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Poster Session I Thursday, February 14 • 10:45 AM - 12:00 PM • Octavius Ballroom • Caesars Palace| Volume 220, ISSUE 1, SUPPLEMENT , S209-S210, January 01, 2019

298: Pregnancy-related death review of ten years - Florida 2007-2016

      Objective

      Objective: The U.S. pregnancy-related mortality ratio (PRMR) increased since 2004. Since 1999, Florida has performed systematic review of pregnancy-related deaths (PRDs). One goal has been to identify opportunities for prevention. We sought to describe the PRMR trend in Florida and record share the risk factors associated with PRDs.

      Study Design

      Study Design: The Florida Pregnancy Associated Mortality Review Committee (PAMR) identifies pregnancy- associated deaths by linking death certificates of reproductive age women to birth and fetal death certificates as well as Florida prenatal screens. Health records of possible PRDs are abstracted, reviewed and assessed by the multi -disciplinary PAMR team. PRD cases from 2007-2016 were analyzed for PRMR trend as well as risk factors.

      Results

      Results: In 2007-2016, Florida experienced 406 PRDs and 2,217,018 live births. Florida’s PRMR fluctuated from a high of 26.2 deaths per 100,000 live births in 2009, to 12.9 in 2016; 2016 is the lowest PRMR since 1999. Although not significant, there was a trend towards a reduced PRMR from 2009 through 2016. For the period 2007-2016, five causes of death accounted for 68% of PRDs: hemorrhage (21%), infection (15%), hypertensive disorders (14%), cardiomyopathy (9%), and thrombotic embolism (8%). Risk factors associated with PRD were class III obesity (RR 5.7), cesarean delivery (RR 4.2), age 35 or older (RR 3.0), no prenatal care (RR 2.7), non-Hispanic black (RR 2.7), and high school or less education (RR 1.4). PRDs due to ectopic pregnancy and flu-like infections increased between 2009 and 2013.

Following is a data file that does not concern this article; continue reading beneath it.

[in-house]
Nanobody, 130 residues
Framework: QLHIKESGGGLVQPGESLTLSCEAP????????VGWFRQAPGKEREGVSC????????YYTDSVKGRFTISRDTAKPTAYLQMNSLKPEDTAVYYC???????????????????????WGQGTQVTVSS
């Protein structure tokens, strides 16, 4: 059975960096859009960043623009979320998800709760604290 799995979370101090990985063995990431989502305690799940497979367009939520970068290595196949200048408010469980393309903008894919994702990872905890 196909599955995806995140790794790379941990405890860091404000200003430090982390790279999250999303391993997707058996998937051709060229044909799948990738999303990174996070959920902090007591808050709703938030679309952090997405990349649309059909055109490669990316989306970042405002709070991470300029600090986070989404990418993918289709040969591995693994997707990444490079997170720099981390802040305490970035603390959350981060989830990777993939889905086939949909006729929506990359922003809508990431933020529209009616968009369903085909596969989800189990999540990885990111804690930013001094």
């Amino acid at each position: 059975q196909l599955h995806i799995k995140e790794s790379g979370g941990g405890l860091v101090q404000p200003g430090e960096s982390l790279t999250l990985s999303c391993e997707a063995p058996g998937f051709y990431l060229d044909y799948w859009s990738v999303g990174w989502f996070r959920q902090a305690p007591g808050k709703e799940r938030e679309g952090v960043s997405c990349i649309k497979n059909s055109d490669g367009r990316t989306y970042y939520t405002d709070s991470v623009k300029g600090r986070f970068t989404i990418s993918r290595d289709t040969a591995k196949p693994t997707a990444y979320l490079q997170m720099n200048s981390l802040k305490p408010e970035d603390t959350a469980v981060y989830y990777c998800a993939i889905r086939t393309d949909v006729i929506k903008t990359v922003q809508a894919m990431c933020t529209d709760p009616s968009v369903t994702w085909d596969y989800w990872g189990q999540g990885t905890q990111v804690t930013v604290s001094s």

Conclusion

      Conclusion: Contrary to an increasing national trend, Florida’s PRMR trend declined between 2009 and 2016. Hemorrhage and infection were leading causes of PRDs. Obesity and cesarean delivery were leading risk factors. This may reflect combined Florida activities including Florida PAMR efforts, grass roots efforts of the Florida Perinatal Quality Collaborative, and efforts from other professional and community organizations. Florida PAMR should continue focusing on developing Urgent Maternal Mortality Messages, other educational efforts and promote needed women’s health policies and actions. The Florida Perinatal Quality Collaborative should continue to promote quality efforts that contribute to understanding leading causes, risk factors and disparities around maternal mortality.